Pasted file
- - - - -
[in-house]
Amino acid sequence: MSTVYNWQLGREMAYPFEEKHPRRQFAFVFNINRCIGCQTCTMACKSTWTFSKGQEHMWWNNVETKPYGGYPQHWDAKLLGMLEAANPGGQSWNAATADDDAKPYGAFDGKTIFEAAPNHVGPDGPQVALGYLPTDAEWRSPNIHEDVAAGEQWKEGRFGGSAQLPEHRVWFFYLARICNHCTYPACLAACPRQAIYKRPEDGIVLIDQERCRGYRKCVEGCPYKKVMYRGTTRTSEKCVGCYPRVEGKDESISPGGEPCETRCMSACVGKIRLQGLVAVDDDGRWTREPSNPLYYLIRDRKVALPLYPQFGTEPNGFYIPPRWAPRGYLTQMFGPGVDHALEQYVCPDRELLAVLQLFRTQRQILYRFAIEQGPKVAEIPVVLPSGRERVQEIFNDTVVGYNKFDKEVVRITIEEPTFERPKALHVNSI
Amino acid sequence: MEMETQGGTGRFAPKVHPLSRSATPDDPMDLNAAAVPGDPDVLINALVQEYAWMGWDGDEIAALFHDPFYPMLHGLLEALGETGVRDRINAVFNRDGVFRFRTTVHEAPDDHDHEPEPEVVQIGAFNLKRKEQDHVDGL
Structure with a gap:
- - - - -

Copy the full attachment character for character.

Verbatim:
[in-house]
Amino acid sequence: MSTVYNWQLGREMAYPFEEKHPRRQFAFVFNINRCIGCQTCTMACKSTWTFSKGQEHMWWNNVETKPYGGYPQHWDAKLLGMLEAANPGGQSWNAATADDDAKPYGAFDGKTIFEAAPNHVGPDGPQVALGYLPTDAEWRSPNIHEDVAAGEQWKEGRFGGSAQLPEHRVWFFYLARICNHCTYPACLAACPRQAIYKRPEDGIVLIDQERCRGYRKCVEGCPYKKVMYRGTTRTSEKCVGCYPRVEGKDESISPGGEPCETRCMSACVGKIRLQGLVAVDDDGRWTREPSNPLYYLIRDRKVALPLYPQFGTEPNGFYIPPRWAPRGYLTQMFGPGVDHALEQYVCPDRELLAVLQLFRTQRQILYRFAIEQGPKVAEIPVVLPSGRERVQEIFNDTVVGYNKFDKEVVRITIEEPTFERPKALHVNSI
Amino acid sequence: MEMETQGGTGRFAPKVHPLSRSATPDDPMDLNAAAVPGDPDVLINALVQEYAWMGWDGDEIAALFHDPFYPMLHGLLEALGETGVRDRINAVFNRDGVFRFRTTVHEAPDDHDHEPEPEVVQIGAFNLKRKEQDHVDGL
Structure with a gap: